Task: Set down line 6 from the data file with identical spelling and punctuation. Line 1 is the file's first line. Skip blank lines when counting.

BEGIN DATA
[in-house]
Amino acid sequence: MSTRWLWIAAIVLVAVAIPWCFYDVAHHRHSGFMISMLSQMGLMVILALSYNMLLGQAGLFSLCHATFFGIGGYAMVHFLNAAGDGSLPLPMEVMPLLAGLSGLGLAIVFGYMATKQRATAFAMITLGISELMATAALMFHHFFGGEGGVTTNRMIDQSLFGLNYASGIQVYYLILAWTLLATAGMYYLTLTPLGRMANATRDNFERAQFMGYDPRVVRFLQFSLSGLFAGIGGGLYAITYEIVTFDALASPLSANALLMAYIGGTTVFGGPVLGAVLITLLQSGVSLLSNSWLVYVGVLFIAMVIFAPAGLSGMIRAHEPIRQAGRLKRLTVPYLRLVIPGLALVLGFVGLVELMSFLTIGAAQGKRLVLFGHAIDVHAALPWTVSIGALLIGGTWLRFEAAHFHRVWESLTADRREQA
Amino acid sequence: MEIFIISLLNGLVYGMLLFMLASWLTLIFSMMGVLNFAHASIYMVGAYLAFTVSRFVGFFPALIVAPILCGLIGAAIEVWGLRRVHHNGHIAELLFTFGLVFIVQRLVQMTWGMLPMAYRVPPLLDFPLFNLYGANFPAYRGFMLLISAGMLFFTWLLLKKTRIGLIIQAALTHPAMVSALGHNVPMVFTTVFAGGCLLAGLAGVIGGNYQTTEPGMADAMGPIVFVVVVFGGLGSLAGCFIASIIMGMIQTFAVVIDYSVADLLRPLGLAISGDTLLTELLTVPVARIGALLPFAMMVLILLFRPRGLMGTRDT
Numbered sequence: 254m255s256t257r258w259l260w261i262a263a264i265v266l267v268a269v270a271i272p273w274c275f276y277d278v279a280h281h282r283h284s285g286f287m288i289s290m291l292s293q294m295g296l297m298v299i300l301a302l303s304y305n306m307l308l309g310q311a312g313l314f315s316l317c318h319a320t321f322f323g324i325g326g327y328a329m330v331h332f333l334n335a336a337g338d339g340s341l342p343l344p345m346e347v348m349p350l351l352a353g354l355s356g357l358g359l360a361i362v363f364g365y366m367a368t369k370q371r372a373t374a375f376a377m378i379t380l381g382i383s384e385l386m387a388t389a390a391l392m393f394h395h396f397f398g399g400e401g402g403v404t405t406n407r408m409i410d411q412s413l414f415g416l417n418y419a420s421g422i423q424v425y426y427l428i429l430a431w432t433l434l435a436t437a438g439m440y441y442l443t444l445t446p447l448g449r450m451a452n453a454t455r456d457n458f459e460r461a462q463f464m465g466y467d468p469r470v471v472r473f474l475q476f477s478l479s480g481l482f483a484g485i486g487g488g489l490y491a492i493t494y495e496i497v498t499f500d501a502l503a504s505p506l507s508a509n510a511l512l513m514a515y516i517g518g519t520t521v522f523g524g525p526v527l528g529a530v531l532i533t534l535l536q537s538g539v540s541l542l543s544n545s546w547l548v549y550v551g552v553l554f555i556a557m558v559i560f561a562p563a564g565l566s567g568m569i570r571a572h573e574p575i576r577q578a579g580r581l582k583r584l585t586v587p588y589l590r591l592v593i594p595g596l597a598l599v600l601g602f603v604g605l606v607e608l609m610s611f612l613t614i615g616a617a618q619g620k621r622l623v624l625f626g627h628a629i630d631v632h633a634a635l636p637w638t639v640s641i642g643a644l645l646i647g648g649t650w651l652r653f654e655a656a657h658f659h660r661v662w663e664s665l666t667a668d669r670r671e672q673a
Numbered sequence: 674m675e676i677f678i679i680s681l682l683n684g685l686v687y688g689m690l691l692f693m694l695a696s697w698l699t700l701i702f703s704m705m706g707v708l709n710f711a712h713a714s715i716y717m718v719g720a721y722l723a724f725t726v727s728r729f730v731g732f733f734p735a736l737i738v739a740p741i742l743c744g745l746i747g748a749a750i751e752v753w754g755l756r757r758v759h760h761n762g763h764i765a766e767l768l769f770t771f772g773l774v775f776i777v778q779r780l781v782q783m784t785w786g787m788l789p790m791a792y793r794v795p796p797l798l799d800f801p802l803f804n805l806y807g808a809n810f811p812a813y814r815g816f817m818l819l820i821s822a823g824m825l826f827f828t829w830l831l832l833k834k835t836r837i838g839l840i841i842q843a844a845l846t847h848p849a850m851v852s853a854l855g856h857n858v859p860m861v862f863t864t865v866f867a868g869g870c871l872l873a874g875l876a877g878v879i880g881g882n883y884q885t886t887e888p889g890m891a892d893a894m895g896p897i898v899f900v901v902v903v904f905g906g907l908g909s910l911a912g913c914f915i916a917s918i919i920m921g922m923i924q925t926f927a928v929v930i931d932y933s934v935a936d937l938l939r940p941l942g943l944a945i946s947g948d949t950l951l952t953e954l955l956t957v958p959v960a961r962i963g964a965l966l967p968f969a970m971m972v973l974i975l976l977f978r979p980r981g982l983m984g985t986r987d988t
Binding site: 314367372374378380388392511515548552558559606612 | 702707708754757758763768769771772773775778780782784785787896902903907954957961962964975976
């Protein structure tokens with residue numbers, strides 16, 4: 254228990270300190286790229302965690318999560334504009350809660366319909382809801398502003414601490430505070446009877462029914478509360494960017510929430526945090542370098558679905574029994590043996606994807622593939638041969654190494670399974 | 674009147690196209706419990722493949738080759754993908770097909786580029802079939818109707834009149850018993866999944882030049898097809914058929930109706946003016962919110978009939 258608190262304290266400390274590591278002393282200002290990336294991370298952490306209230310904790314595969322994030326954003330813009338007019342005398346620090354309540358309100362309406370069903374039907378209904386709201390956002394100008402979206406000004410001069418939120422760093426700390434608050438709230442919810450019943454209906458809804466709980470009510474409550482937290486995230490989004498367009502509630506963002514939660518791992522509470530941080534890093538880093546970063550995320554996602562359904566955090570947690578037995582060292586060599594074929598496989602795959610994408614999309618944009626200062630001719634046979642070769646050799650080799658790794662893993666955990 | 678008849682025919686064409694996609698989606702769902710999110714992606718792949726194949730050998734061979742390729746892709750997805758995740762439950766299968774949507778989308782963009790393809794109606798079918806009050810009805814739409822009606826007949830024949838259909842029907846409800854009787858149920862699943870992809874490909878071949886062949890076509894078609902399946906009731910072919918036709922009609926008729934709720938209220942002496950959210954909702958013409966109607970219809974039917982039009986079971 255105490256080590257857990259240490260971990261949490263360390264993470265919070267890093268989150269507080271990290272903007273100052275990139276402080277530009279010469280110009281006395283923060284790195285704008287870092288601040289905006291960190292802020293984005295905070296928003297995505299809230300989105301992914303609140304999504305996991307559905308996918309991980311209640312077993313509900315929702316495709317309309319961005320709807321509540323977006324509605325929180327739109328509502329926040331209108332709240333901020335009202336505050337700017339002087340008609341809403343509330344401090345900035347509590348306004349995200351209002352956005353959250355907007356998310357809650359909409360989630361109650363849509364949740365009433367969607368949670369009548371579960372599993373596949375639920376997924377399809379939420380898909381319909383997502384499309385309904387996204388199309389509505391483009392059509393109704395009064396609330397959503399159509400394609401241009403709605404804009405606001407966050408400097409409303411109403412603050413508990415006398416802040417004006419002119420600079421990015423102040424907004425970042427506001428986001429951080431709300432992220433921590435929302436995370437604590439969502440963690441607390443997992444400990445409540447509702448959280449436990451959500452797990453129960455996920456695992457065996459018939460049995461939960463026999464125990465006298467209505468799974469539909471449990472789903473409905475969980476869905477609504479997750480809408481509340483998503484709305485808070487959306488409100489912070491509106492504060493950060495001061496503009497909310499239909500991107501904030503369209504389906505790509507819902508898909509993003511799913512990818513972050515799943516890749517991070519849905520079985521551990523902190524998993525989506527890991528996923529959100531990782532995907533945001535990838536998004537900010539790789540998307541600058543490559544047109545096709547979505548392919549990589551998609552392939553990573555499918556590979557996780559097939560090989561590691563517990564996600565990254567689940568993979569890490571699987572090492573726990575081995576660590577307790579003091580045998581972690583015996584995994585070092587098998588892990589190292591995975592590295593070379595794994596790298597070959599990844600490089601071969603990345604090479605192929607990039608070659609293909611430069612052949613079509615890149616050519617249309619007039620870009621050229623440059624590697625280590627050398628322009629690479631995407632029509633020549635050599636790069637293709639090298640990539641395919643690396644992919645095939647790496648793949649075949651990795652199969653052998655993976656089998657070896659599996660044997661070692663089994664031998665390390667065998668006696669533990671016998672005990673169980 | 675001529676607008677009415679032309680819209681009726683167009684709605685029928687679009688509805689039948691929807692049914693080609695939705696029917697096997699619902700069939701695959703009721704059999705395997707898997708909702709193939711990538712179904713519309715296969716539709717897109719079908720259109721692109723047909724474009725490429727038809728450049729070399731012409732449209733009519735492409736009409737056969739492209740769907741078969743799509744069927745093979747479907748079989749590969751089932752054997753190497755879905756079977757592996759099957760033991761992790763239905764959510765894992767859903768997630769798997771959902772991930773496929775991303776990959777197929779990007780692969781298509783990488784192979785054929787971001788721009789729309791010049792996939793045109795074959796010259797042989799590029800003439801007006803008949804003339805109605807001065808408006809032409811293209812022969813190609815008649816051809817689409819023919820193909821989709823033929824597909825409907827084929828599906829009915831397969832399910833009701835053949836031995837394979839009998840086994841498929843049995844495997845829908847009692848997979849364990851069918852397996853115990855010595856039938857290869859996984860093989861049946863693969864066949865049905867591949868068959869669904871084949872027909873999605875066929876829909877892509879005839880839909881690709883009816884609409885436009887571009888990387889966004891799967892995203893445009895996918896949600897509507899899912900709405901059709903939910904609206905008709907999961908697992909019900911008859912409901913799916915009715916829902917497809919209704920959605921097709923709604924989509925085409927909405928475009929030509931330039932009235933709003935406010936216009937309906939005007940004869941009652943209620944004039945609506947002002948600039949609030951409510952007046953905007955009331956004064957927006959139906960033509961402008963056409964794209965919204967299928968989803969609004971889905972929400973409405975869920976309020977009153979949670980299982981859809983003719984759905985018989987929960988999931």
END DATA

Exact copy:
Binding site: 314367372374378380388392511515548552558559606612 | 702707708754757758763768769771772773775778780782784785787896902903907954957961962964975976